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But mommmm!: Getting your parents to let you grow up

But mommmm!: Getting your parents to let you grow up

By Katie_Rolnick

You know those "disagreements" (aka, all-out screaming matches) you have with your parents? The ones where you feel like they're treating you like a child when all you're trying to say is that you're capable of taking responsibility for yourself?  You argue that going on a date alone isn't a big deal and they think it is.  You say that everyone's going to a hotel or camping after prom, they say everyone but you.  Back and forth, back and forth.  Eventually things are resolved and you move on...unless your name is Daisy Morin and your mom decides to write an article for a national magazine about your private, family "disagreement."

Daisy is a senior at Stanford University and this year she ended up in a co-ed room.  Yup, she's sharing a room--not a suite--with boys and girls.  The arrangement is part of the university's gender-neutral housing option, a new program meant to ease living situations for transgender students.  Daisy has no problem with her co-ed quarters.  Her mom totally does. So her mom writes this article about the sitch and it gets picked up by the New York Times. Suddenly the whole world is weighing in on what Daisy describes as a conflict that has, "very little to do with Stanford and gender-neutral housing. It has everything to do with my parents having a hard time adjusting to the fact that I’m out of the house (I’m the oldest), I’m 3,000 miles away, and especially that I’m a liberal agnostic while they are conservative Catholics."

So what do you do when your parents just won't let you grow up?

Daisy chose to write a thoughtful, clear response to the New York Times, explaining her position.  But if you're lucky enough to be able to keep these conversations private, there are some things to keep in mind: 

  • Parents usually respond well when you're calm and rational--they're not huge fans of whiny pleading.  Show them that you know how to have a mature, adult conversation. 
  • Never, ever use the "but everyone else's parents said yes" logic.  That almost guarantees a knee-jerk "No!" response.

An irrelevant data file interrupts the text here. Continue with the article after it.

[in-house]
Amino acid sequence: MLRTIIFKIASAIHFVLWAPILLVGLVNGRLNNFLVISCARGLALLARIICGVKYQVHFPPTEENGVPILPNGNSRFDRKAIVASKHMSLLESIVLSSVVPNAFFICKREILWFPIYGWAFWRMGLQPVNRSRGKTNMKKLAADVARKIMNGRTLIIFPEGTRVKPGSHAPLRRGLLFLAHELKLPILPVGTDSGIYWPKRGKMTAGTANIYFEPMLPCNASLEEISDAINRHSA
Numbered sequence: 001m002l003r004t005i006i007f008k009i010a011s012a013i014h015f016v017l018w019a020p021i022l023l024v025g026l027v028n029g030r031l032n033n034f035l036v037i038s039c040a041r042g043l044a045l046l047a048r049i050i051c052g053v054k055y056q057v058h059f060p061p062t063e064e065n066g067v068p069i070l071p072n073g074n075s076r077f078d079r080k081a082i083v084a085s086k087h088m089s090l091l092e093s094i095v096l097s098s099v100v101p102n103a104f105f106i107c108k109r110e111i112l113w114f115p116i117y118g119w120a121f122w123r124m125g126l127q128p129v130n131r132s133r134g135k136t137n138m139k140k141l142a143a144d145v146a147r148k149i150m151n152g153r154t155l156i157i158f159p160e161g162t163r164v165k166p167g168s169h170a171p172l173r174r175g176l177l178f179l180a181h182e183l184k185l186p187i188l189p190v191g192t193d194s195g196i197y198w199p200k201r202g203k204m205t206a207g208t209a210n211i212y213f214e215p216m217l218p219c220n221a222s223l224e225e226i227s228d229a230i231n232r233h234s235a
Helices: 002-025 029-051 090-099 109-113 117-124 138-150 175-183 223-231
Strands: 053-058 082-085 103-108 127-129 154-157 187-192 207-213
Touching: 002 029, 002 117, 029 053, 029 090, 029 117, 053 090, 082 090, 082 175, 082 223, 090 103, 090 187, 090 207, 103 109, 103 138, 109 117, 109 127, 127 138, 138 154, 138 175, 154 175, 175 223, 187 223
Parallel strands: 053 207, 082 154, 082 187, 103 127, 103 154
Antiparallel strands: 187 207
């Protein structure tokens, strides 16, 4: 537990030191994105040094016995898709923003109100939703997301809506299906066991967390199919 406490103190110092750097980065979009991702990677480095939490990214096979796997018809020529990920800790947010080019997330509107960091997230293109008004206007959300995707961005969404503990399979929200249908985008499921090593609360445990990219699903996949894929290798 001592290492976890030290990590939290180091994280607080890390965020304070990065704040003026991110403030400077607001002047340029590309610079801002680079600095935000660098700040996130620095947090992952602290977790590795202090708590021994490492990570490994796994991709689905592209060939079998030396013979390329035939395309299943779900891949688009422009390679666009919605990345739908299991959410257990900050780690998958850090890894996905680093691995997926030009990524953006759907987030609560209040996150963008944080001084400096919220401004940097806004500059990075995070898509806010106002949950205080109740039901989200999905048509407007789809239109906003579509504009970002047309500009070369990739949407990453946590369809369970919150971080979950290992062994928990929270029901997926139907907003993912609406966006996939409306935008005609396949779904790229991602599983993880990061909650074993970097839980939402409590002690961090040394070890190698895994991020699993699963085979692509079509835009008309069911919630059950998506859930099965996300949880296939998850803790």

• And of course, speak in complete sentences when stating your case; steer clear of mumbo-jumbo

So, using these guidelines,  here's how the negotiation might go:

You: Mom, Dad (or other such parental figure), I think we should talk about me being able to go on a date...alone. Without a group of friends.

Mom/Dad/Other such parental figure: No way!  If you go out alone you might get drunk and drive to a casino and gamble away your entire summer-job-savings and then find a hotel room and get pregnant.

You: Hmmm.  I don't think so.  I just want to go see the new Star Trek movie.  And we'll even go to the early show at 7:00 so I can be home by curfew.

Mom/Dad/Other such parental figure: But how are we supposed to believe that you'll actually go see the movie and not just go make out in a car somewhere and then go get drunk and drive to a casino and gamble away your entire summer-job-savings and then find a hotel room and get pregnant?

You: Cause I really want to see the movie.

Mom/Dad/Other such parental figure: Well, we want to see that movie too.  Why don't we escort you on this date and sit behind you and throw popcorn and candy in your hair and peek over your shoulder to make sure you're just holding hands and NOTHING MORE!

You: Ummm, can't you just trust that I'm not going to do anything stupid?

Mom/Dad/Other such parental figure: NOOOOO! (they start screaming and kicking and generally throwing a giant tantrum.)

You: Wow.

Soooo, maybe that convo didn't quite work out.  Sometimes even your most mature efforts are squashed cause, you know, parents make the rules.  How do you get your parents to give you more freedom and let you make your own decisions?

Topics: Life

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